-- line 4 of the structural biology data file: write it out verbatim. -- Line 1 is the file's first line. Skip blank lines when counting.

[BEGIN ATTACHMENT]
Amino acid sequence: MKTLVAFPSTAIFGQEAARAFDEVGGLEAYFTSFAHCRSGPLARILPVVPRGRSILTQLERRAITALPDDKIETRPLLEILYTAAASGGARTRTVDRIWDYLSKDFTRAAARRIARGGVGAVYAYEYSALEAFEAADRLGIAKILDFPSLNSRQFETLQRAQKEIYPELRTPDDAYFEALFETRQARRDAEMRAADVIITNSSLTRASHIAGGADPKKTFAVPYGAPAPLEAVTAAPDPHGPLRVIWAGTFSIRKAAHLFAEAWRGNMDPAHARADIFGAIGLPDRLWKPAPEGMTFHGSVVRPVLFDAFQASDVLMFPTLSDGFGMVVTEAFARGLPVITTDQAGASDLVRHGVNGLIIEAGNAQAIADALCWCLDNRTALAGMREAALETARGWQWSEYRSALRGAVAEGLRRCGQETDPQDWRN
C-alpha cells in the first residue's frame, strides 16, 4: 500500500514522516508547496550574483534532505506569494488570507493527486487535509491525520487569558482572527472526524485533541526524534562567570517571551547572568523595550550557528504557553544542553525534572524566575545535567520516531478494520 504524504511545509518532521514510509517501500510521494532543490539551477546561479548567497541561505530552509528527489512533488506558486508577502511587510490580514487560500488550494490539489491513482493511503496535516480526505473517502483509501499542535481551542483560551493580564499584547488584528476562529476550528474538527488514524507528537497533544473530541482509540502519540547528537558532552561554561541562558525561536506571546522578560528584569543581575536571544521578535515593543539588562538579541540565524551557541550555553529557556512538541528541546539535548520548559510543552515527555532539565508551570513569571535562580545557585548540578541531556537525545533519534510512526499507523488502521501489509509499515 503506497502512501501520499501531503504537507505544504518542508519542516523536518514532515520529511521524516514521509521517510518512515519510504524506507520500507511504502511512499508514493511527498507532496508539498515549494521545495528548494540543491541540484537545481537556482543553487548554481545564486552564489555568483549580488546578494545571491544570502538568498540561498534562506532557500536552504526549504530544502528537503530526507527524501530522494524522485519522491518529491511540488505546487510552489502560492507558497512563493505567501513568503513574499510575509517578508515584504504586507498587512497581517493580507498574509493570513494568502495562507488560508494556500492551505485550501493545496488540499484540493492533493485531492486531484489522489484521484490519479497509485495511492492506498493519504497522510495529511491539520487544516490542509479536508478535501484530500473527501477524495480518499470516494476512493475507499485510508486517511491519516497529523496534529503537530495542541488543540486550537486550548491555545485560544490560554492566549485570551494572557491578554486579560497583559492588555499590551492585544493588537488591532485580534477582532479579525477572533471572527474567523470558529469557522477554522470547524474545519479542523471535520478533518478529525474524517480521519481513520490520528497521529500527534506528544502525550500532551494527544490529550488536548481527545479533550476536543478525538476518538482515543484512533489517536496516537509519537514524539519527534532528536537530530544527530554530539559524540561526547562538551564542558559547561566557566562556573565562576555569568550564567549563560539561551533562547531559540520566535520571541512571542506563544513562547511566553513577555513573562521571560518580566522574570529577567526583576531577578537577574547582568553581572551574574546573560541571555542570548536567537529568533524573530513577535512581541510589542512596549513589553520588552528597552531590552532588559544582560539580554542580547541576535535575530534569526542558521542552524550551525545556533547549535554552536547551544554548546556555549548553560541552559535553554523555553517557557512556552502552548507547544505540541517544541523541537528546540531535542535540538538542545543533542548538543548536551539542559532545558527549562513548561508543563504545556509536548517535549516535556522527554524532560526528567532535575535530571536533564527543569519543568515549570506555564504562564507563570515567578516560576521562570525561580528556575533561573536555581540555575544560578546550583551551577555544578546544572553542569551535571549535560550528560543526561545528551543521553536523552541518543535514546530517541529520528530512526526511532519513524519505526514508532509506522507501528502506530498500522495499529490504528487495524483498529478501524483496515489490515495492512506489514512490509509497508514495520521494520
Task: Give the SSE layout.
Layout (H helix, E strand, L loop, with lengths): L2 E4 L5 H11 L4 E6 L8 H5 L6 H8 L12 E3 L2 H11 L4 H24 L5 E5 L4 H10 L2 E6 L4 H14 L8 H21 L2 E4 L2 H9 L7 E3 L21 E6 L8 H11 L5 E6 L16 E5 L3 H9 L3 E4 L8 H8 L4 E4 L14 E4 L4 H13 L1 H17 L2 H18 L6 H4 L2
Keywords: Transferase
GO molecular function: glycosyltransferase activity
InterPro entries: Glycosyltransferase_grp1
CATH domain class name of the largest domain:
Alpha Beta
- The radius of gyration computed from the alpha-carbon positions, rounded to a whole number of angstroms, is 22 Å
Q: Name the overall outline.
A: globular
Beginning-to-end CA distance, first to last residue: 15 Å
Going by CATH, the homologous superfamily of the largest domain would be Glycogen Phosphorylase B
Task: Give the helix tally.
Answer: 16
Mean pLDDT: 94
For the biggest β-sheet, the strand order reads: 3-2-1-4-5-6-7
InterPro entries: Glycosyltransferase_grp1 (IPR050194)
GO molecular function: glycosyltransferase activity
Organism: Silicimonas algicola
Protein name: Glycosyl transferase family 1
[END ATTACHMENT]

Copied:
Layout (H helix, E strand, L loop, with lengths): L2 E4 L5 H11 L4 E6 L8 H5 L6 H8 L12 E3 L2 H11 L4 H24 L5 E5 L4 H10 L2 E6 L4 H14 L8 H21 L2 E4 L2 H9 L7 E3 L21 E6 L8 H11 L5 E6 L16 E5 L3 H9 L3 E4 L8 H8 L4 E4 L14 E4 L4 H13 L1 H17 L2 H18 L6 H4 L2